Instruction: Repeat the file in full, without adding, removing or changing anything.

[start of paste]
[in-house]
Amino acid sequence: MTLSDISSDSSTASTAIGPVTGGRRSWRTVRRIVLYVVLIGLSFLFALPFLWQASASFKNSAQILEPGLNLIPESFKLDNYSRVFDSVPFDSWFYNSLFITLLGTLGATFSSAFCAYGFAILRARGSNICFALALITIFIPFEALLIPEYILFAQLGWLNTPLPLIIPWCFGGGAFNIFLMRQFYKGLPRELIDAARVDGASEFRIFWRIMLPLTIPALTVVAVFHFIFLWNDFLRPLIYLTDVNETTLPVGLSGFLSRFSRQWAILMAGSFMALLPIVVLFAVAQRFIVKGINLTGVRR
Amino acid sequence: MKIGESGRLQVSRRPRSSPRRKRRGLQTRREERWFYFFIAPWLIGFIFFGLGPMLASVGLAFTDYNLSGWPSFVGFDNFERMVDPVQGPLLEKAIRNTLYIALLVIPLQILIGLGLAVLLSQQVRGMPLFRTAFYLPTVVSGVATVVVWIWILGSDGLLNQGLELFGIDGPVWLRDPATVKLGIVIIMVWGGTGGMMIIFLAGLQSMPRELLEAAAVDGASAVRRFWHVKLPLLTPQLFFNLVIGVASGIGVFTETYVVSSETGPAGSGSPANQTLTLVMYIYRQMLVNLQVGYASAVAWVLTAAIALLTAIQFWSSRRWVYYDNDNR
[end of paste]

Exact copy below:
[in-house]
Amino acid sequence: MTLSDISSDSSTASTAIGPVTGGRRSWRTVRRIVLYVVLIGLSFLFALPFLWQASASFKNSAQILEPGLNLIPESFKLDNYSRVFDSVPFDSWFYNSLFITLLGTLGATFSSAFCAYGFAILRARGSNICFALALITIFIPFEALLIPEYILFAQLGWLNTPLPLIIPWCFGGGAFNIFLMRQFYKGLPRELIDAARVDGASEFRIFWRIMLPLTIPALTVVAVFHFIFLWNDFLRPLIYLTDVNETTLPVGLSGFLSRFSRQWAILMAGSFMALLPIVVLFAVAQRFIVKGINLTGVRR
Amino acid sequence: MKIGESGRLQVSRRPRSSPRRKRRGLQTRREERWFYFFIAPWLIGFIFFGLGPMLASVGLAFTDYNLSGWPSFVGFDNFERMVDPVQGPLLEKAIRNTLYIALLVIPLQILIGLGLAVLLSQQVRGMPLFRTAFYLPTVVSGVATVVVWIWILGSDGLLNQGLELFGIDGPVWLRDPATVKLGIVIIMVWGGTGGMMIIFLAGLQSMPRELLEAAAVDGASAVRRFWHVKLPLLTPQLFFNLVIGVASGIGVFTETYVVSSETGPAGSGSPANQTLTLVMYIYRQMLVNLQVGYASAVAWVLTAAIALLTAIQFWSSRRWVYYDNDNR